Let S be a scRNAseq dataset. We assume that through the annotating process, S get some labels. S consists of two parts: one is gene expression matrix of labeled cells \(X_L=\{x_j \in R^G \}_{j=1}^{N_L}\) and a label vector of these cells \(Y_L=\{y_j \in \{1,\ldots ,K\}\}_{j=1}^{N_L}\), in which \(N_L\) denotes the number of labeled cells and K represents the number of cell subpopulations in the labeled set; the other is gene expression matrix of unlabeled cells \(X_U=\{x_j \in R^G \}_{j=1}^{N_U}\) and \(N_U\) denotes the number of unlabeled cells. Of note, we assume that cell subpopulation i has \(N_i\) cells in labeled set.
Intuitively, in the data space, cells of the same subpopulation should be close, and cells among different subpopulations should be separated. Therefore, we design the optimization goal of finetuning process is to learn a nonlinear mapping function \(f_\theta :R^G \rightarrow R^D\) in which \(\theta\) is the whole parameters of the encoder network and through the mapping of \(f_\theta\), labeled cells within the same cell subpopulation will be closer and vice versa.
On the one side, average distance within each cell subpopulation \(L_1\) is defined in formula (2), in which, \(c_i\) means center of cell subpopulation i shown in formula (3) and \(C_L=\{c_i\in R^D \}_{i=1}^{K}\) represents all centers in embedding space [26]. d is distance function and we choose squared Euclidean distance. By minimizing the \(L_1\) we can get similar representations of cells within a cell subpopulation in the latent space.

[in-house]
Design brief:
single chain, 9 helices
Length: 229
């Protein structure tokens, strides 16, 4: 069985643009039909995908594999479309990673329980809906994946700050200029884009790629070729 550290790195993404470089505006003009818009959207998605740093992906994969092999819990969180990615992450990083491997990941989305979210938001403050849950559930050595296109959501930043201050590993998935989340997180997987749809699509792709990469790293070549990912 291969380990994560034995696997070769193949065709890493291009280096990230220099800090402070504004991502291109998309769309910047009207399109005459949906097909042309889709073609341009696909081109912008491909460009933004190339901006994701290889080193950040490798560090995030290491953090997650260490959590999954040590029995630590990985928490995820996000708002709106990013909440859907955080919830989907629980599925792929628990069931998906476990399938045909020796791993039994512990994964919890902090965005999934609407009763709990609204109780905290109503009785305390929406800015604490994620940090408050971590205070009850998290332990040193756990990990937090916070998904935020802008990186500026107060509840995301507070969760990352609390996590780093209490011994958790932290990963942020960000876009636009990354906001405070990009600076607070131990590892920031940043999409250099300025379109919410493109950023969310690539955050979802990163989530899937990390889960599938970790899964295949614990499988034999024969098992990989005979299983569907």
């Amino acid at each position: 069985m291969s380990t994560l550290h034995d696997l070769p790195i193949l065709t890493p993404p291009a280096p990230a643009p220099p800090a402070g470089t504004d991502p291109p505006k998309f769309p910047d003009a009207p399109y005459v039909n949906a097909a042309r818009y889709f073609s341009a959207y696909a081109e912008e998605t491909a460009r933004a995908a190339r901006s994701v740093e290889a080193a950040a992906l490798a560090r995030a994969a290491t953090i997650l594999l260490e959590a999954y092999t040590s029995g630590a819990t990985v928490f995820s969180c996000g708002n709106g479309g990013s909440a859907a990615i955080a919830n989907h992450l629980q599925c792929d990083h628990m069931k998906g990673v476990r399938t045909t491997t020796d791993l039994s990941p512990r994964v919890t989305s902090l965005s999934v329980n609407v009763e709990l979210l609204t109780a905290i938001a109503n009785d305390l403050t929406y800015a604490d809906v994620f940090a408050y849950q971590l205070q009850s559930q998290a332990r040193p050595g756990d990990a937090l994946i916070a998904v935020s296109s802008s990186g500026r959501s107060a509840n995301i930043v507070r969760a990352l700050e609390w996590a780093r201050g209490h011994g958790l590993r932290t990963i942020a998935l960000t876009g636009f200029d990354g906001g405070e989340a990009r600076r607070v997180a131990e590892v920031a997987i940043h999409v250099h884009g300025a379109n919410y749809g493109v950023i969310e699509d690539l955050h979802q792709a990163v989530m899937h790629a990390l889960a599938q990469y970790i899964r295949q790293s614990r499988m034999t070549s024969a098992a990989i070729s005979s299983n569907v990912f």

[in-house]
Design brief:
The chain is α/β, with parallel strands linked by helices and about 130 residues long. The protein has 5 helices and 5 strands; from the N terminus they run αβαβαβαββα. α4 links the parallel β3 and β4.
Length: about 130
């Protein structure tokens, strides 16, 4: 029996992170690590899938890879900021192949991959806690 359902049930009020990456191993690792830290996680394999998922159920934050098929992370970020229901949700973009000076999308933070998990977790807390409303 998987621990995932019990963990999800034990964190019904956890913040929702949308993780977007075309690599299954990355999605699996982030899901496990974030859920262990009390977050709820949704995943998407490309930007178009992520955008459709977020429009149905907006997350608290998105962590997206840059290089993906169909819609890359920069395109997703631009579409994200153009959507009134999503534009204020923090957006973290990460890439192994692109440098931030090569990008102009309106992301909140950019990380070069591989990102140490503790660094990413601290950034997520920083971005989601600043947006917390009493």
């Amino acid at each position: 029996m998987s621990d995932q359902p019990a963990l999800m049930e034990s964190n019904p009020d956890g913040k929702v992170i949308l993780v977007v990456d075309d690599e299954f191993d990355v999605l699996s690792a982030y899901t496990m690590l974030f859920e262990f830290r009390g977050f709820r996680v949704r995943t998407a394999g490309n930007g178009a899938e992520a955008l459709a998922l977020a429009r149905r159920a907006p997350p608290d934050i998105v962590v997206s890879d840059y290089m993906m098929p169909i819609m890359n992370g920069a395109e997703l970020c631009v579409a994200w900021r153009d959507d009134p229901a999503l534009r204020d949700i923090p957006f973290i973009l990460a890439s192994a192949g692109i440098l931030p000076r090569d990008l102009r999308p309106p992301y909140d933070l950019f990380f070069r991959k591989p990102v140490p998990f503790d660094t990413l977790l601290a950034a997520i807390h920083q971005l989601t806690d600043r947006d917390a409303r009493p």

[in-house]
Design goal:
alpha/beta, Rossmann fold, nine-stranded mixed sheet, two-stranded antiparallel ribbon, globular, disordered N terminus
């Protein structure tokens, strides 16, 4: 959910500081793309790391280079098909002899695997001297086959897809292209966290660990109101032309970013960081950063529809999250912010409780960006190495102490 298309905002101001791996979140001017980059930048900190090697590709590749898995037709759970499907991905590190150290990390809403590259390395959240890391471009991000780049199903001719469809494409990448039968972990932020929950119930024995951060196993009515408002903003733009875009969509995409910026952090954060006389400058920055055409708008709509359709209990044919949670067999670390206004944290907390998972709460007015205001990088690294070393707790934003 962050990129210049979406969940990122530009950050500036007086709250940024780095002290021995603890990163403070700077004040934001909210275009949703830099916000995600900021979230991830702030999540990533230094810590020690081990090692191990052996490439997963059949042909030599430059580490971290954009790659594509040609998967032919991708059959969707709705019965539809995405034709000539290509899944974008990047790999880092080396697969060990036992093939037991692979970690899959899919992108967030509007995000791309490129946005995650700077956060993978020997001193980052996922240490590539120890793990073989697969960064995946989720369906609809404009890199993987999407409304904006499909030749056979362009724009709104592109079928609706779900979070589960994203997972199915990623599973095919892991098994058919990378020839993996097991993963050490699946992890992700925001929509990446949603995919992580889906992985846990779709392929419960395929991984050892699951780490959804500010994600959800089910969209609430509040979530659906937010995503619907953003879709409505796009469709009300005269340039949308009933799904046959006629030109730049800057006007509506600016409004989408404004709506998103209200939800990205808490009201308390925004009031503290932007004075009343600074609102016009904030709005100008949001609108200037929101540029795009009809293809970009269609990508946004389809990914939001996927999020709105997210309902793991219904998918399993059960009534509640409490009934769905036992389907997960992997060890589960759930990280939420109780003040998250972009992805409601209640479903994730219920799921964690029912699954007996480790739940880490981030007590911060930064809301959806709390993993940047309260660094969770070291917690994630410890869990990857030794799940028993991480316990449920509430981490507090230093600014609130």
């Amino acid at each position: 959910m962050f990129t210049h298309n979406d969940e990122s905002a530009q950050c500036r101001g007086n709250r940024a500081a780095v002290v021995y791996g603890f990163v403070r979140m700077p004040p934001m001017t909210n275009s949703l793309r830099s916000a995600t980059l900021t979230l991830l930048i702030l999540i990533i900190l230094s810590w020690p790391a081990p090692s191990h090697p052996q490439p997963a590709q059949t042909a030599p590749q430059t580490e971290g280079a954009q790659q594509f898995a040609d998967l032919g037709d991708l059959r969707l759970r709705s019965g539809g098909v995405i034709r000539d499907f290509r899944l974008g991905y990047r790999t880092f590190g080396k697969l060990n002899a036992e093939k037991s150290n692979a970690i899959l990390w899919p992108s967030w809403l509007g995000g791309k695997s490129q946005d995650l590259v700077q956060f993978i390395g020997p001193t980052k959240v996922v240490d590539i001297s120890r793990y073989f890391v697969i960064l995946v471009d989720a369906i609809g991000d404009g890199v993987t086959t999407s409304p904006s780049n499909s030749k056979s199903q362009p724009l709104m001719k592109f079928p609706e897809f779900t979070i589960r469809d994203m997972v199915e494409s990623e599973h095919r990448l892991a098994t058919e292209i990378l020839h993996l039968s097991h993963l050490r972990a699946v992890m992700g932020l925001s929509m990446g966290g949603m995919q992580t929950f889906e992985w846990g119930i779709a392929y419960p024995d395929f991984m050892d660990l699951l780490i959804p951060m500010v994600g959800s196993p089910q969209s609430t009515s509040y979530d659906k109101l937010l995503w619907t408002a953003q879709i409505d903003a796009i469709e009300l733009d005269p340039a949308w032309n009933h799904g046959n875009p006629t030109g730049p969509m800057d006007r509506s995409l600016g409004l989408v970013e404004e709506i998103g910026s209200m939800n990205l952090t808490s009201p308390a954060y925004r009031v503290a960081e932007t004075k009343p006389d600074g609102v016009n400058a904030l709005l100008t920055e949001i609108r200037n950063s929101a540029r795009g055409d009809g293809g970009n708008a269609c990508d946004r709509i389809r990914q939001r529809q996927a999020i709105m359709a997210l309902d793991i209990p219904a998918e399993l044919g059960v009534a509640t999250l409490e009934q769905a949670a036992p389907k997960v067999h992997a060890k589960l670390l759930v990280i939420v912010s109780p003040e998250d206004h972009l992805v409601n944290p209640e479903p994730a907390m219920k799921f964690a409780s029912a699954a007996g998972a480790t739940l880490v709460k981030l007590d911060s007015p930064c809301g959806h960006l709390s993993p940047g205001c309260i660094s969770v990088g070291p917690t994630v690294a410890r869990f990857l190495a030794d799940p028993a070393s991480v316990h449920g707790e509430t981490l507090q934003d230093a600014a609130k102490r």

On the other side, for cells among different cell subpopulations, they deserve representations as distinct as possible. We define the distance among several cell subpopulations, \(L_2\), as the minimum distance of any two centers, shown in formula (4).
The final objective function in formula (5) optimizes for the \(L_1\) and \(L_2\) distance jointly:
where \(\lambda\) is a regularization constant which can balance between \(L_1\) minimization and \(L_2\) maximization. Through optimizing for \(f_\theta\), we can obtain the latent space where we can distinguish or cluster cells easily even for unlabeled cells.
Training strategy
In this subsection, we give our whole training strategy and default parameters settings of scSemiAE.
In the phase of pretraining, we first train \(L_p\) 50 epochs on all preprocessed data with a deep autoencoder as mentioned above. Then, scSemiAE removes the decoder of the pretraining model and uses learned weights of the encoder to initialize the neural network, which can provide a prior parameter space. In the process of finetuning, the new loss function \(L_m\) is used to retrain the encoder network for 60 epochs, in order to further obtain biological characters and preserve biological structural relationships in the latent space.
As for the details of the implementation of scSemiAE, we use two fully connected layers in the encoder and decoder respectively and the encoder has the structure, \(dim_{5000} \rightarrow dim_{500} \rightarrow dim_{50}\), while the decoder has a mirrorimage. For both pretraining and the beginning of finetuning, we use the Adam [27] optimizer with learning rate 0.001 and for finetuning, we adjusted the learning rate to half of the original value after every 5 epochs. What’s more, we choose layer normalization for the hidden layer and ELU function, \(ELU(x) = \max (0,x) + \min (0, \alpha (exp(x)  1)) (\alpha = 1)\), as a nonlinear activation function. For the hyperparameter, we set \(\lambda = 1\), which is the regularizer between \(L_1\) and \(L_2\), distance within a cell subpopulation and distance among different subpopulations.